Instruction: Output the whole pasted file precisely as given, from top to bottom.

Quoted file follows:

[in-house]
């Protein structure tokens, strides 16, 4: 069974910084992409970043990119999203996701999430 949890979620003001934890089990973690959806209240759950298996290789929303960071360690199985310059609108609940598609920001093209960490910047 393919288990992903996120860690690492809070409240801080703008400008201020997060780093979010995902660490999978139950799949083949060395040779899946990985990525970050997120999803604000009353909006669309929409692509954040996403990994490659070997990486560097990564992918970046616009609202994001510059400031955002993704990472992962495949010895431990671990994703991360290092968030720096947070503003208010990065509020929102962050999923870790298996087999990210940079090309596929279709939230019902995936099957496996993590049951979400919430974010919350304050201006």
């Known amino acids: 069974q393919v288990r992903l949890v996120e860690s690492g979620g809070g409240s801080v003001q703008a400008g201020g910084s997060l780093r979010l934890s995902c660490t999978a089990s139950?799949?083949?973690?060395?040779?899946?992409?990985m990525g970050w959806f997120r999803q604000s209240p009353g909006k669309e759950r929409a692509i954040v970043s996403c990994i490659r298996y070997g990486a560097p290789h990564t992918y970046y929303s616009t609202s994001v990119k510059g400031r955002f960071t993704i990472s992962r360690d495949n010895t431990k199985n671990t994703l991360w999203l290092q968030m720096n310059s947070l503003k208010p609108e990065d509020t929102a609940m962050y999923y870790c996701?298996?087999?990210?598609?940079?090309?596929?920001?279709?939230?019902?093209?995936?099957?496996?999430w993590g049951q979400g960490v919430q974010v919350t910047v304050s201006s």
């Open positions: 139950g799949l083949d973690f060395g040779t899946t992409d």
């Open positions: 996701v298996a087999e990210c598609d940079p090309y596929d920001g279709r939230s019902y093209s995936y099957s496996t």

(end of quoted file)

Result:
[in-house]
């Protein structure tokens, strides 16, 4: 069974910084992409970043990119999203996701999430 949890979620003001934890089990973690959806209240759950298996290789929303960071360690199985310059609108609940598609920001093209960490910047 393919288990992903996120860690690492809070409240801080703008400008201020997060780093979010995902660490999978139950799949083949060395040779899946990985990525970050997120999803604000009353909006669309929409692509954040996403990994490659070997990486560097990564992918970046616009609202994001510059400031955002993704990472992962495949010895431990671990994703991360290092968030720096947070503003208010990065509020929102962050999923870790298996087999990210940079090309596929279709939230019902995936099957496996993590049951979400919430974010919350304050201006």
């Known amino acids: 069974q393919v288990r992903l949890v996120e860690s690492g979620g809070g409240s801080v003001q703008a400008g201020g910084s997060l780093r979010l934890s995902c660490t999978a089990s139950?799949?083949?973690?060395?040779?899946?992409?990985m990525g970050w959806f997120r999803q604000s209240p009353g909006k669309e759950r929409a692509i954040v970043s996403c990994i490659r298996y070997g990486a560097p290789h990564t992918y970046y929303s616009t609202s994001v990119k510059g400031r955002f960071t993704i990472s992962r360690d495949n010895t431990k199985n671990t994703l991360w999203l290092q968030m720096n310059s947070l503003k208010p609108e990065d509020t929102a609940m962050y999923y870790c996701?298996?087999?990210?598609?940079?090309?596929?920001?279709?939230?019902?093209?995936?099957?496996?999430w993590g049951q979400g960490v919430q974010v919350t910047v304050s201006s």
């Open positions: 139950g799949l083949d973690f060395g040779t899946t992409d």
């Open positions: 996701v298996a087999e990210c598609d940079p090309y596929d920001g279709r939230s019902y093209s995936y099957s496996t």